This essay I love this business, exults Robert Kaynes Jr., has a total of 3665 words and 16 pages.
"I love this business," exults Robert Kaynes Jr., vice president of sales (and grandson of the founder) at Bron Shoe, the Columbus, Ohio-based company responsible for putting millions of pairs of bronzed baby shoes on bookshelves in the homes of loving parents across America for the past 75 years. "It may sound schmaltzy" Kaynes concedes, "but it\'s a schmaltzy business. We\'re selling sentiment."
Still, how do you market a memory? For companies like Hallmark, FTD, Bron Shoe, and others in the "sentiment expression" industry, selling can be a daunting task. After all, its hard enough to describe sentiment, let alone market it.
Of course, its not all blue smoke and mirrors; there are products involved here. But even though you can "reach out and touch" things like flowers, cards, and bronze baby shoes, these aren\'t your standard durable goods by any stretch of the imagination. The real function and purpose of such items is to act as a messenger--a vehicle of communication between sender and receiver designed to capture a moment in a way that\'s both memorable "and affordable (in other words, not as constricting as vows or as expensive as diamonds), conveying the proper sentiment in a language and fashion that\'s as close to universal as possible.
Naturally this requires using some highly creative sales and marketing techniques, and its a testament to the success of these three companies that many of the strategies they\'ve developed over the years have since become standard operating procedure in areas like point-of-purchase, direct marketing, and distribution. And if you\'re wondering whether prophets can also make profits, consider this: Hallmark, FTD, and Bron Shoe together generate sales of over $5 billion a year, a figure that\'s guaranteed to make even the most hardened marketer a little misty- eyed.
Despite such an impressive record of innovation and achievement--both historically and financially--these companies aren\'t content to rest on their laurels. For them, success in selling sentiment is an ongoing process: Hallmark introduced both the first mass-marketed greeting card and the first computerized card; FTD developed flowers-by- wire (and later flowers-by-phone), as well as the first catalog of standardized bouquets and, more recently, the first tie-ins between flowers and brand name products; Bron-shoe was the first company to bronze baby shoes and has continued to innovate by adding porcelainizing techniques and branching out into related areas of sentiment expression.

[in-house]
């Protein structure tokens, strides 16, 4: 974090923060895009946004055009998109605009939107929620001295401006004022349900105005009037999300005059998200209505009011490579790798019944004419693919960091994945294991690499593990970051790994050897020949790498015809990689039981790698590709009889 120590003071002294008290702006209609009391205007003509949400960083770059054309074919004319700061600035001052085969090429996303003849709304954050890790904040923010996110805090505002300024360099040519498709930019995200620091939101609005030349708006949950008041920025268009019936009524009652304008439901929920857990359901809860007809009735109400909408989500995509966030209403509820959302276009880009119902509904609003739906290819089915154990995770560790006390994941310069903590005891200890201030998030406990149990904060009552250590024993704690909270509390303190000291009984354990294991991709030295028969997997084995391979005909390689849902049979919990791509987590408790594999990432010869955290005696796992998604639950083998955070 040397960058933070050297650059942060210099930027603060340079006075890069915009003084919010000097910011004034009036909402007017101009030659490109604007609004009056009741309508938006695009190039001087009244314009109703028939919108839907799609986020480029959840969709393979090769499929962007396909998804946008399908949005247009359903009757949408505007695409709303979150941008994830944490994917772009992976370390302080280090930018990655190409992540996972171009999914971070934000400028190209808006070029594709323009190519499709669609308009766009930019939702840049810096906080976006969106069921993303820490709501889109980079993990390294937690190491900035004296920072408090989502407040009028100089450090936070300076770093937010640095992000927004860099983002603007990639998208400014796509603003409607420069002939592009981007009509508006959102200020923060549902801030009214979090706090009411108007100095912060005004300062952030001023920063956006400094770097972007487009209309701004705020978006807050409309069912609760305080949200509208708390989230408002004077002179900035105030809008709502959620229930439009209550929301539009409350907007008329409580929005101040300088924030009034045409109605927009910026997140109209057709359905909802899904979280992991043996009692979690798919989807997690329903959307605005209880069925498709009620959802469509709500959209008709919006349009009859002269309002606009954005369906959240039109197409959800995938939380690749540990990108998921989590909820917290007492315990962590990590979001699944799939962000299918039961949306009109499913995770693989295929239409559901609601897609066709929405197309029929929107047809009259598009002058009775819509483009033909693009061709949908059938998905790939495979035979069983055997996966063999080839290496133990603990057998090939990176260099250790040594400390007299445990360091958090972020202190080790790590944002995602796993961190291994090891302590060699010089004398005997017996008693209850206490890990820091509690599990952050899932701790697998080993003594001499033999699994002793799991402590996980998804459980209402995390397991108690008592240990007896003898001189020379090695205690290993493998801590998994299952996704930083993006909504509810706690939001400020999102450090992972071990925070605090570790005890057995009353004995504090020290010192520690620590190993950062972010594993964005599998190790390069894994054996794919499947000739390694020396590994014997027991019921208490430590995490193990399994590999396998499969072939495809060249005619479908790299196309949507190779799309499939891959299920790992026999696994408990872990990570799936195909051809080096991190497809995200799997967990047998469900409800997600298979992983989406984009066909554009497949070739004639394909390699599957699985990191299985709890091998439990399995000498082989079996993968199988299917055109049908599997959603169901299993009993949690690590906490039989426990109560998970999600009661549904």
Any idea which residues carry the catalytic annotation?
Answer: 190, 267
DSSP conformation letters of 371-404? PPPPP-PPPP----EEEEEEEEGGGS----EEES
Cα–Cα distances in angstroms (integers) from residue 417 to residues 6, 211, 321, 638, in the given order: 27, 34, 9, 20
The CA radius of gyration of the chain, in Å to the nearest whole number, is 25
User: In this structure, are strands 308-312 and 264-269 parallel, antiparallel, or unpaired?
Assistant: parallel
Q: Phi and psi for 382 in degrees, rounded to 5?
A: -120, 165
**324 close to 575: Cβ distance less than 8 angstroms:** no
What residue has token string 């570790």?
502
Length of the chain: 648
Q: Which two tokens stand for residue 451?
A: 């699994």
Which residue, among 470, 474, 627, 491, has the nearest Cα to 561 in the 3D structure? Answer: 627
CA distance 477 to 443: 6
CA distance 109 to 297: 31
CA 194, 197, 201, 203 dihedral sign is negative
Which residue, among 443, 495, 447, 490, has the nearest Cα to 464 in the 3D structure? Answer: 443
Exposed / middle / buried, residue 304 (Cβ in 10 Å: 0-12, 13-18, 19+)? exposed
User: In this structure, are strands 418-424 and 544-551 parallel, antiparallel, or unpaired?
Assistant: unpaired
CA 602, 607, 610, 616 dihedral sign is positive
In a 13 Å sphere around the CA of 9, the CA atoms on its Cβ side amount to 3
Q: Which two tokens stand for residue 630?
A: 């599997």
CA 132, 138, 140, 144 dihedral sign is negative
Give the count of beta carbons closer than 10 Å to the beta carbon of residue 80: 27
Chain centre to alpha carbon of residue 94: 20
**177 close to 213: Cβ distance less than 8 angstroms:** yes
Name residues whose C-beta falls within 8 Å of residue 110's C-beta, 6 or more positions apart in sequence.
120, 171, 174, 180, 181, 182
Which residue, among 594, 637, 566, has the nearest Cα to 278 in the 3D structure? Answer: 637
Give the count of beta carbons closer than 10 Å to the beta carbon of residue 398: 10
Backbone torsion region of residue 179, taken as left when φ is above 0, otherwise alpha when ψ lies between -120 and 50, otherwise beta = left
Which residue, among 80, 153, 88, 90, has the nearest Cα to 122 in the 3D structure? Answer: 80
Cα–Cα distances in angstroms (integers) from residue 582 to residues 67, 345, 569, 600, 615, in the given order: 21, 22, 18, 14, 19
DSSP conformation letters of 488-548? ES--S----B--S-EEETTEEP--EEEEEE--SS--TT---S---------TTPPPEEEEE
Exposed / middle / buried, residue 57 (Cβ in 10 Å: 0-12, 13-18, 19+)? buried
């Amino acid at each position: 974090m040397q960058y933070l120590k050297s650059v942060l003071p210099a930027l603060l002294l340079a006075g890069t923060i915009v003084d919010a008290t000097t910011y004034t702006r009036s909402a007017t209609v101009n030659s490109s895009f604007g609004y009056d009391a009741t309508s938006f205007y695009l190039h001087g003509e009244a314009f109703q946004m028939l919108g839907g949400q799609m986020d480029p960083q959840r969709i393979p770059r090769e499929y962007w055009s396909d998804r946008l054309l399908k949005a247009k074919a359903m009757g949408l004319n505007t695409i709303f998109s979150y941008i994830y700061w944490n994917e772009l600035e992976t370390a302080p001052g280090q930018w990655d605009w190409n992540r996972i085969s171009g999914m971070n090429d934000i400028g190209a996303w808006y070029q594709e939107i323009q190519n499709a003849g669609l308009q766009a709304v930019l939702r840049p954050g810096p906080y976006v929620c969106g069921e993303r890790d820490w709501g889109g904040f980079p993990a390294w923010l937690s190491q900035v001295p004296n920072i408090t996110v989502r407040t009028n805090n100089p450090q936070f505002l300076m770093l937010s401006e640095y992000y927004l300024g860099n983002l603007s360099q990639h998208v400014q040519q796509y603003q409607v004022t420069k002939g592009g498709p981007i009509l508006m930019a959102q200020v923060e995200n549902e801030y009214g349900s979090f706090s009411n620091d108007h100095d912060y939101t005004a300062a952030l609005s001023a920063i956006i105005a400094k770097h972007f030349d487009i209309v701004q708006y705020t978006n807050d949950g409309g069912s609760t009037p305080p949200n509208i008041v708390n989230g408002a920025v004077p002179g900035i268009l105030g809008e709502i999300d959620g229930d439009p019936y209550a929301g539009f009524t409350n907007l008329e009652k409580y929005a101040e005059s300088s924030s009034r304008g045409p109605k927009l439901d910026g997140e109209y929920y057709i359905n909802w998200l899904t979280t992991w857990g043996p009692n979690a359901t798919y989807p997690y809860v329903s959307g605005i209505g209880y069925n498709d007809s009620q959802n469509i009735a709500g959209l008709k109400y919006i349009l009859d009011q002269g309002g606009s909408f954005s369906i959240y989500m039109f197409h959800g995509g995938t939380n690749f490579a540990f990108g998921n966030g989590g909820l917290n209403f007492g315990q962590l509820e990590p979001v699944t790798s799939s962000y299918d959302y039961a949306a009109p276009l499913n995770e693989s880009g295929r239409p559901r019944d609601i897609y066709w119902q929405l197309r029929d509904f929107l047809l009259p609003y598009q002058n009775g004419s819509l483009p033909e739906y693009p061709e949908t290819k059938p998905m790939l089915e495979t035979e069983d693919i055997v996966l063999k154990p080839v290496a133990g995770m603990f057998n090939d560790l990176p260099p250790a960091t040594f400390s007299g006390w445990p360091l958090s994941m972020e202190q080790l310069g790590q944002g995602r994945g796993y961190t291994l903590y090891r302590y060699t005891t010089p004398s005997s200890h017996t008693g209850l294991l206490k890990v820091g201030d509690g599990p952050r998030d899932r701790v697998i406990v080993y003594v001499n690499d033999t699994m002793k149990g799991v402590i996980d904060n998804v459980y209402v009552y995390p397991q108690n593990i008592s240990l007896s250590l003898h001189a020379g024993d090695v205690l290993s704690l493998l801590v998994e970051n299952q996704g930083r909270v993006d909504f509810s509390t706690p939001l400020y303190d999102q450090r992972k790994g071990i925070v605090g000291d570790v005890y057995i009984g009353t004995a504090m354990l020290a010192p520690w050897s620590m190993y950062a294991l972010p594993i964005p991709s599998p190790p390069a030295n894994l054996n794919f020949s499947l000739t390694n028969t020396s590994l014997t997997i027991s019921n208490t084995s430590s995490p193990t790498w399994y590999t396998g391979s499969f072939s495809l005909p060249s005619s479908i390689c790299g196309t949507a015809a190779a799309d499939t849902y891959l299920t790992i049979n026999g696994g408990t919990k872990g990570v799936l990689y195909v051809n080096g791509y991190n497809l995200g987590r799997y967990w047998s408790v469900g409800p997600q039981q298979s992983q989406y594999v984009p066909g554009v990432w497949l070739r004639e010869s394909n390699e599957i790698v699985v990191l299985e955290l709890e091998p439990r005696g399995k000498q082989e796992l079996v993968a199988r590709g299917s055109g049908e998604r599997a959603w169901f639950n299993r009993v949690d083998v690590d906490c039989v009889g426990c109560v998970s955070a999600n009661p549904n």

With more than 200 years of sales and marketing experience among them, these companies clearly bring a lot to the table when it comes to formulating strategies and tactics. The following stories of their individual successes provide irrefutable proof that--with the right combination of perseverance, positioning, and product--even the most nebulous concept can come up a winner.
Not only is Hallmark (known as Hall Brothers until 1954) the undisputed leader in the greeting card industry, it sits on the top rung of the entire sentiment expression industry
What exactly can a humble mixture of wood chips, water, and ink do to produce such magical results?
"At Hallmark, we believe a greeting card has the ability to warm a heart, tickle a funny bone, toast a bride, blow a kiss, ease a pain and start a tradition," says Donald J. Hall, chairman of Kansas City, Mo.-based Hallmark (and grandson of the founder).
The popularity of mass-produced greeting cards can be traced to 19th-century England and America, when the advent of cheap, efficient color printing methods and low postage rates suddenly made it easier and cheaper to produce these poignant purveyors of sentiment. By the 1880s, there were literally hundreds of varieties of mass- printed Christmas, New Year\'s, and Valentines Day cards available at the neighborhood pharmacy, dry goods store, or print shop.
The only thing was, those cards were typically kept in drawers behind shop counters and brought out only at the customer\'s request. That is, until 1910, when a clever marketer--one Joyce C. Hall--made what turned out to be a revolutionary observation: why not put those charming, inexpensive greeting cards out where people can see them?
Halls point-of-purchase display essentially transformed the greeting-card industry. Before long, cards were being proffered for every holiday, every faith, and every occasion. Today, roughly half of all greeting cards purchased each
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